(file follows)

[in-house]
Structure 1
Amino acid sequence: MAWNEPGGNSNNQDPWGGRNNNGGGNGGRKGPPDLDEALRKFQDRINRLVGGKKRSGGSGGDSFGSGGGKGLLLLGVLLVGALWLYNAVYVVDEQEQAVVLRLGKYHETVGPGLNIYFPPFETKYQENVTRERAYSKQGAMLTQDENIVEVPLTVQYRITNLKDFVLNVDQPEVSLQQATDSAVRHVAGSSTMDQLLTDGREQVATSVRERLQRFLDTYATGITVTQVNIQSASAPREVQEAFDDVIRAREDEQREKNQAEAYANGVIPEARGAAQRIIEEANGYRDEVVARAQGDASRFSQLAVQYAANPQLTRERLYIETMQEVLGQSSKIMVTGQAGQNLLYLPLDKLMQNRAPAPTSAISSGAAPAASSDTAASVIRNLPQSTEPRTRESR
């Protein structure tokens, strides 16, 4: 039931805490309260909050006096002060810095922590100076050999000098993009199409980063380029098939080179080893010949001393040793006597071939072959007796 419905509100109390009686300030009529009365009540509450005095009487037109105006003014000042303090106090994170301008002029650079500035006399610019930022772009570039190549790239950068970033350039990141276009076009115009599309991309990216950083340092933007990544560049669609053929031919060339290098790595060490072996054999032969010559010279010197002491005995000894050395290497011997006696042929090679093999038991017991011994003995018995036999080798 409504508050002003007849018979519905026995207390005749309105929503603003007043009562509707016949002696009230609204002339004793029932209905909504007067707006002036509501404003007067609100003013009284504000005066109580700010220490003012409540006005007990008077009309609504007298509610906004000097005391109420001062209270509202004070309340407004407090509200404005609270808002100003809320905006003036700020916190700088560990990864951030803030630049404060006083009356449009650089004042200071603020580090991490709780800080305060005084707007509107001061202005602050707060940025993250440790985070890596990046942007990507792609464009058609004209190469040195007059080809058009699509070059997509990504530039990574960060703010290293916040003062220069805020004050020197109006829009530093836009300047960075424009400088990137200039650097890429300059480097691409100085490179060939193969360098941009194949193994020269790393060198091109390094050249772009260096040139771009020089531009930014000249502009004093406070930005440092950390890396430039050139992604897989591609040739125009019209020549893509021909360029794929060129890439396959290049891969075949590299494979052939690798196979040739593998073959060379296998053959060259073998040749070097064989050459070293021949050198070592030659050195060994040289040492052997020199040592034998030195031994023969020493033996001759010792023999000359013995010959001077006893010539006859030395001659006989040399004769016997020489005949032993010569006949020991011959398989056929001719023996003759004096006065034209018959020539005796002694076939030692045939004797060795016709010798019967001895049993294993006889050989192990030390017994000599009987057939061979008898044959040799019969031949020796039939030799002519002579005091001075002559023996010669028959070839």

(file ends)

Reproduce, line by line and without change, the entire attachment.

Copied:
[in-house]
Structure 1
Amino acid sequence: MAWNEPGGNSNNQDPWGGRNNNGGGNGGRKGPPDLDEALRKFQDRINRLVGGKKRSGGSGGDSFGSGGGKGLLLLGVLLVGALWLYNAVYVVDEQEQAVVLRLGKYHETVGPGLNIYFPPFETKYQENVTRERAYSKQGAMLTQDENIVEVPLTVQYRITNLKDFVLNVDQPEVSLQQATDSAVRHVAGSSTMDQLLTDGREQVATSVRERLQRFLDTYATGITVTQVNIQSASAPREVQEAFDDVIRAREDEQREKNQAEAYANGVIPEARGAAQRIIEEANGYRDEVVARAQGDASRFSQLAVQYAANPQLTRERLYIETMQEVLGQSSKIMVTGQAGQNLLYLPLDKLMQNRAPAPTSAISSGAAPAASSDTAASVIRNLPQSTEPRTRESR
């Protein structure tokens, strides 16, 4: 039931805490309260909050006096002060810095922590100076050999000098993009199409980063380029098939080179080893010949001393040793006597071939072959007796 419905509100109390009686300030009529009365009540509450005095009487037109105006003014000042303090106090994170301008002029650079500035006399610019930022772009570039190549790239950068970033350039990141276009076009115009599309991309990216950083340092933007990544560049669609053929031919060339290098790595060490072996054999032969010559010279010197002491005995000894050395290497011997006696042929090679093999038991017991011994003995018995036999080798 409504508050002003007849018979519905026995207390005749309105929503603003007043009562509707016949002696009230609204002339004793029932209905909504007067707006002036509501404003007067609100003013009284504000005066109580700010220490003012409540006005007990008077009309609504007298509610906004000097005391109420001062209270509202004070309340407004407090509200404005609270808002100003809320905006003036700020916190700088560990990864951030803030630049404060006083009356449009650089004042200071603020580090991490709780800080305060005084707007509107001061202005602050707060940025993250440790985070890596990046942007990507792609464009058609004209190469040195007059080809058009699509070059997509990504530039990574960060703010290293916040003062220069805020004050020197109006829009530093836009300047960075424009400088990137200039650097890429300059480097691409100085490179060939193969360098941009194949193994020269790393060198091109390094050249772009260096040139771009020089531009930014000249502009004093406070930005440092950390890396430039050139992604897989591609040739125009019209020549893509021909360029794929060129890439396959290049891969075949590299494979052939690798196979040739593998073959060379296998053959060259073998040749070097064989050459070293021949050198070592030659050195060994040289040492052997020199040592034998030195031994023969020493033996001759010792023999000359013995010959001077006893010539006859030395001659006989040399004769016997020489005949032993010569006949020991011959398989056929001719023996003759004096006065034209018959020539005796002694076939030692045939004797060795016709010798019967001895049993294993006889050989192990030390017994000599009987057939061979008898044959040799019969031949020796039939030799002519002579005091001075002559023996010669028959070839």